About Gie

A dreamer by day, coffeeholic by night/

Likes having a little bit of roughness and edge mixed in with the lace/

Has a diploma she doesn’t use and a job that requires a degree she doesn’t have/

Nothing left in her right brain, and nothing right in her left brain/

Still she can read, write, do some arithmetic and tweet/

Addicted to lipstick, ice cream and coffee. In that order/

A daughter, sister, wife and sometimes a bit of a wallflower/

Say hello at gie [at] acupofgie [dot] com or visit http://about.me/gie.chloe.

We care for the injured and orphaned wildlife of San Benito County


Nan Pipestem Wildlife Rehabilitation Center is a nonprofit organization that operates solely on funds from public donations and fundraisers. We get NO funds from any governmental origin. All the people working for the center are volunteers, with the exception of the Director of Animal Care, Meredith Day, who became the Director after Meredith Pipestem retired. The Director is responsible for the medical treatment and hands on care of the animals that come to the center. There are five other trained Animal Care technicians, all of whom are volunteer assistants and follow the prescribed treatments decided upon by Meredith and the attending Veterinarians.


The mission of NPWRC is:

  • REHABILITATE – to successfully rehabilitate injured wildlife and raise orphans, retaining their wild state
  • RELEASE – to return the animals to their natural habitats
  • EDUCATE – to teach the public in how to help prevent injury, preserve wildlife, and to appreciate the ecological value of every species


Rehabilitating wildlife is a very serious matter for us. We cannot release animals that will come up to people to beg for food. The animals need to be self-sufficient and live their lives in the wild with as little human contact as possible, or they risk getting injured or killed. Therefore, the animals in our care need to have as little contact with people as possible. We cannot run a petting zoo and expect to release animals into the wild that will fear and avoid humans.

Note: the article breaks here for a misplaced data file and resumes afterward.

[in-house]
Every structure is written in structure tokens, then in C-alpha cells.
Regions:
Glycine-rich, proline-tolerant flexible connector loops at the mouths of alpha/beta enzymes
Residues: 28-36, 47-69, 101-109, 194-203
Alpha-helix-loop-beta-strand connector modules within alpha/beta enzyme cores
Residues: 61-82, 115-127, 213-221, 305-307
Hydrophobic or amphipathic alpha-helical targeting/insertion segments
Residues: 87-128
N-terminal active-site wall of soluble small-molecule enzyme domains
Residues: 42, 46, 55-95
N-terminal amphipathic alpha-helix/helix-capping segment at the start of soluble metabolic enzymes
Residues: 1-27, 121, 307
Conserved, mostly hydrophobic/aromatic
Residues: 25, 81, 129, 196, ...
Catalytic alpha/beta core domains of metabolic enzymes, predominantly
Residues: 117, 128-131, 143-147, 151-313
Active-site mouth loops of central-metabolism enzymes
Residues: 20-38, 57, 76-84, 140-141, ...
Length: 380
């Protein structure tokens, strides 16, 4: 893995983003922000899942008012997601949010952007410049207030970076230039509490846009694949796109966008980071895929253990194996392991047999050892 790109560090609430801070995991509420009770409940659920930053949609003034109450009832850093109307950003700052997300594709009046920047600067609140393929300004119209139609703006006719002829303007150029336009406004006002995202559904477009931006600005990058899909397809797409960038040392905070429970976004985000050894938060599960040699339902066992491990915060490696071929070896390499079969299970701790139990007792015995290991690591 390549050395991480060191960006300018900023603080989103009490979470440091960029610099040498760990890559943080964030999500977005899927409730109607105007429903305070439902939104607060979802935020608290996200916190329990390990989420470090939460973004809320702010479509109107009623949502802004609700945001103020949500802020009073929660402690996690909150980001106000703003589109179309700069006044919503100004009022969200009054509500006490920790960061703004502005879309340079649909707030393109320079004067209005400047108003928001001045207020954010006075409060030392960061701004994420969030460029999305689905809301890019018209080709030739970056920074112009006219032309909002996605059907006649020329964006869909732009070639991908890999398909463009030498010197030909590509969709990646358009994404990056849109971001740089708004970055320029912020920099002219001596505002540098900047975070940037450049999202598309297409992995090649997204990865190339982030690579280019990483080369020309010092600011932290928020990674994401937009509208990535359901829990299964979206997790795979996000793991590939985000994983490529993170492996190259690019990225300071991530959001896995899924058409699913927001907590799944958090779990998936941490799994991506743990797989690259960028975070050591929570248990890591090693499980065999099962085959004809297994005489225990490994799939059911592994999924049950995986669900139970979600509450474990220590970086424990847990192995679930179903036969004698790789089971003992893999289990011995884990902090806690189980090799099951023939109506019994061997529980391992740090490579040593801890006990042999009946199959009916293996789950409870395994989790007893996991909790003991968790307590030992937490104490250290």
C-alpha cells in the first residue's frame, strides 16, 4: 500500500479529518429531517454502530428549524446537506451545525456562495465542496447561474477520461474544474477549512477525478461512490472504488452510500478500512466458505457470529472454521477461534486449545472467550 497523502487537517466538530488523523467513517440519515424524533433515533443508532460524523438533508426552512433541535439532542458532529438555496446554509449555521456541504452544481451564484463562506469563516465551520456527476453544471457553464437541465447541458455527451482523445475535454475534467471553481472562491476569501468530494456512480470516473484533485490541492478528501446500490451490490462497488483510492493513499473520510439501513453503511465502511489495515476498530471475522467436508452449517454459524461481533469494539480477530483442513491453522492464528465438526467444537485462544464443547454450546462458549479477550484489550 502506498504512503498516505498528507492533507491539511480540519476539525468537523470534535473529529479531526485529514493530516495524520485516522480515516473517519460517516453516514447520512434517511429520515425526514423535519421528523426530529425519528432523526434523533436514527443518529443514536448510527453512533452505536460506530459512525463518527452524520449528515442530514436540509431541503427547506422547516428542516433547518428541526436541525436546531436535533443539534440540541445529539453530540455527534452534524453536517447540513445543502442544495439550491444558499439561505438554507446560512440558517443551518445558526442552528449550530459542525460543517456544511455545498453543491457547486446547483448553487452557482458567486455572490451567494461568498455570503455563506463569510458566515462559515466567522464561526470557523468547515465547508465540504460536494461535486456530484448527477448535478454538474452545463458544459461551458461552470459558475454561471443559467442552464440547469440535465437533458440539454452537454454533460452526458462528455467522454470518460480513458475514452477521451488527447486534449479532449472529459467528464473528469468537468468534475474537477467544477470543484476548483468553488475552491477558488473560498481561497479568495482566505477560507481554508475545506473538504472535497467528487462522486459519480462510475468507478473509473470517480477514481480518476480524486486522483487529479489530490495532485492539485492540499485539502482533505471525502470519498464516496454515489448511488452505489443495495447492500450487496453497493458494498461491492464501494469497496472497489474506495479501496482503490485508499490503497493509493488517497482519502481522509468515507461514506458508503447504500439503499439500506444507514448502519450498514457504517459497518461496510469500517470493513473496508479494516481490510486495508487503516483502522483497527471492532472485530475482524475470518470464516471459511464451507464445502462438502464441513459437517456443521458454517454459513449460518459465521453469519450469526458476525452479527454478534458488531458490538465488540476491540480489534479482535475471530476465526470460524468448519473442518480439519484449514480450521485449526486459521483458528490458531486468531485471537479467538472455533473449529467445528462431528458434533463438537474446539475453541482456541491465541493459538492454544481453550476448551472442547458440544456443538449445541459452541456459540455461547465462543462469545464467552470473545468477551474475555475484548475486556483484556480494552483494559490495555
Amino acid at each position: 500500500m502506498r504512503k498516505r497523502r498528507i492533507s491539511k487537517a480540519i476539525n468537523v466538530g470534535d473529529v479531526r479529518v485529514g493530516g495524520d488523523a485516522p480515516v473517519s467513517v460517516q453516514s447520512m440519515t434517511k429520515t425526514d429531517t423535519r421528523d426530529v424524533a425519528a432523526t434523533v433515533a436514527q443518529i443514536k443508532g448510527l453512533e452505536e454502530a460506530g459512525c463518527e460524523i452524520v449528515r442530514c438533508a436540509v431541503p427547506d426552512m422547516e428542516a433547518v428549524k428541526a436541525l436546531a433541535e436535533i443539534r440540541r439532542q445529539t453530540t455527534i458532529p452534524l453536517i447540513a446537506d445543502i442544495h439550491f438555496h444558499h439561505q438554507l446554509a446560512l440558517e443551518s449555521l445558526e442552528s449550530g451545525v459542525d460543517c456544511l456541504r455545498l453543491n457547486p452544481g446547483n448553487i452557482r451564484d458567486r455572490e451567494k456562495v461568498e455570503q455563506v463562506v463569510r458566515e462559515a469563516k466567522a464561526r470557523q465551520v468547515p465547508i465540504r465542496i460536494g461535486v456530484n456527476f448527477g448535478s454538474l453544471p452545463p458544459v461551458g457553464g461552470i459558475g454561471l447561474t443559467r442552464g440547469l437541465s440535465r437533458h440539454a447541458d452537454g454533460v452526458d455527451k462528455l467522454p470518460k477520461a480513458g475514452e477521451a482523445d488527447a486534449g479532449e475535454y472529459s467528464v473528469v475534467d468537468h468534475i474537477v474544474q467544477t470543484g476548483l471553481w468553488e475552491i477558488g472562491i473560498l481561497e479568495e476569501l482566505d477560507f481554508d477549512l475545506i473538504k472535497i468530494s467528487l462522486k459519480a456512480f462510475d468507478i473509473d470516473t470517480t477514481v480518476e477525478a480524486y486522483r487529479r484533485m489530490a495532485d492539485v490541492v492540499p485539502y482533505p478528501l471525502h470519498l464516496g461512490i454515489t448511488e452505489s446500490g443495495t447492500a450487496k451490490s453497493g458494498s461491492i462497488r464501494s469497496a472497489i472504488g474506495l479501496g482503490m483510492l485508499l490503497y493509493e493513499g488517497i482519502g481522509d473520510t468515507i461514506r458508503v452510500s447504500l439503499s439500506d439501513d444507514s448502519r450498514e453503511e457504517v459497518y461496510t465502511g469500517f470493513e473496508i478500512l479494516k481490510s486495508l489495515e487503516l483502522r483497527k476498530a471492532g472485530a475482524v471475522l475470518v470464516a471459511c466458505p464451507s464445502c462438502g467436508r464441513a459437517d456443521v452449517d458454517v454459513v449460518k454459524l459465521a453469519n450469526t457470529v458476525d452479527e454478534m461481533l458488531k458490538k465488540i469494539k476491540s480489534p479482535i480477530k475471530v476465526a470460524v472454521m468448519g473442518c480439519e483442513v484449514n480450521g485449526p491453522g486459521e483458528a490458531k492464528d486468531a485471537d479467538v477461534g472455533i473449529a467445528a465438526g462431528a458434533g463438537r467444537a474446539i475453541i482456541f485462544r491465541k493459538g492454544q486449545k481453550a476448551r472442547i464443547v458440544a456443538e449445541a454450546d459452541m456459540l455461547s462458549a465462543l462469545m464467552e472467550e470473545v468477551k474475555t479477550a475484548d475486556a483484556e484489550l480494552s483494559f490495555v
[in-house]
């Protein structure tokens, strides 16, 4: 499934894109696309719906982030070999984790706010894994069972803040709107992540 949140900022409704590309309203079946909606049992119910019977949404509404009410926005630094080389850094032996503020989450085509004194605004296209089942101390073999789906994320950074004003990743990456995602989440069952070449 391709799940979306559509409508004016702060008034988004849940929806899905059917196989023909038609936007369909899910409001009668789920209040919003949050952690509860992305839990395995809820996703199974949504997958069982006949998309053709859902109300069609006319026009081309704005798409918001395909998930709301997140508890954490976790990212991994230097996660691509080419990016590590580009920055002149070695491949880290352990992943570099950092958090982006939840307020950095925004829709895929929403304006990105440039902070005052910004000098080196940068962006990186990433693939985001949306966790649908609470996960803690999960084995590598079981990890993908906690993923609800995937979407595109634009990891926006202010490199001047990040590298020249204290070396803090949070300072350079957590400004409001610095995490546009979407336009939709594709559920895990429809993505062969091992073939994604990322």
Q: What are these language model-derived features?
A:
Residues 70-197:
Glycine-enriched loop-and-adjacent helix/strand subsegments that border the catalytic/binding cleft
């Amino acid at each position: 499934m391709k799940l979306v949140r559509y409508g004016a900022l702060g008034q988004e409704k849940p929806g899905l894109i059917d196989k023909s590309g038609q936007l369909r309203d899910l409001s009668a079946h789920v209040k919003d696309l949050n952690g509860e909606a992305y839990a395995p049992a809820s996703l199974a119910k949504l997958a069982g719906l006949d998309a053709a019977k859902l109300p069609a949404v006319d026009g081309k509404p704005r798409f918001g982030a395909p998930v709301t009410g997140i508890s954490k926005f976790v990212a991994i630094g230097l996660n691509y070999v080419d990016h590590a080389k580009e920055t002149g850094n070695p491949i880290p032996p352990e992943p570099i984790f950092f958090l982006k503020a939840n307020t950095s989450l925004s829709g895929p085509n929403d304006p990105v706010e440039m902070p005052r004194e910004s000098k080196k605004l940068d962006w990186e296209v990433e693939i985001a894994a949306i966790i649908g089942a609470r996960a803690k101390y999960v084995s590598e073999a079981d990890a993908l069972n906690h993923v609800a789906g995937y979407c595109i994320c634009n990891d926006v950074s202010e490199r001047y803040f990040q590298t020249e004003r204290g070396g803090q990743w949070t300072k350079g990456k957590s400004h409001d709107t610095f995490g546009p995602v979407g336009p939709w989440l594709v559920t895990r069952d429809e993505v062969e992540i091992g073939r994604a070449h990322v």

Even with all the precautions that rehabilitators took with the California Condors, you probably have heard how the condors in the Grand Canyon are not afraid of humans . One man shot and killed a condor that got too close to his campsite. Park officials are looking for ways to keep the birds from swooping down looking for handouts. They will try to train the condors to fear humans.

That is what we are striving for–to release wild animals that fear humans. If not, our deer will approach the hunter, our raccoons, opossums and skunks will become pests in your yard. We are serious about helping wild animals to be wild and free. For this reason, we cannot be open to the public. But do visit the animals on this website, where you will see the current residents as well as the ones that we have successfully released.

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Posted in Blog by npwrc


The Nan Pipestem Wildlife Rehabilitation Center is looking for a new site to house our facility.

We would like to thank Granite Rock for providing our facility since 1991, and to thank all of you for your support to help maintain that facility, but, in a recent and sudden turn of events, the site of our facility has been sold. We now find ourselves preparing for an unexpected move. This is the second time a relocation of this nature has occurred since our incorporation in 1980 and due to the magnitude of the task we need to find a permanent home.

The Wildlife Center is a 501(c)(3) nonprofit that has been providing medical care to the sick, injured and orphaned wildlife of San Benito County for over thirty-two years. Those three plus decades have been funded only through fundraisers and private donations, or to put it plainly, we exist only because of the kindness of our community and volunteers. We have been proud to serve our community and glad to help in the ways we are able; to provide animal care, wildlife conflict tips and advice, and offer wildlife information in general when the opportunity arises.

We are looking for a parcel between five and ten acres to meet our habitat space requirements. The main regulation we have to be mindful of is that our animal enclosures must be a distance of 100ft from where domestic animals have access. Ideally the site should include a dwelling for animal security purposes and because this vocation doesn’t keep regular 9am-5pm workdays. A barn is an especially significant source of utility to our cause. Outbuildings for our office and diet prep area would be beneficial, but if not available, we can build.

At this moment in time we are no longer able to accept new patients and the clock is ticking down to our imminent departure from our current location. Each animal that needs our care is being transferred outside of our county so its needs can be met. Our gratitude to the dedicated hands they are being received by is immeasurable, but not all wildlife can be transferred across county lines due to regulations.

We have a place in our county’s history because the community values the magnificence of the wildlife in this breathtaking place we are all lucky enough to steward. We believe it’s not just the beauty of the land that inspires our citizens to love it here, but the majesty of the creatures we meet upon it. It has been the work of many people together that has seen our cause through the decades. We are hopeful together we can ensure that the tradition of caring for our wild neighbors endures for future generations.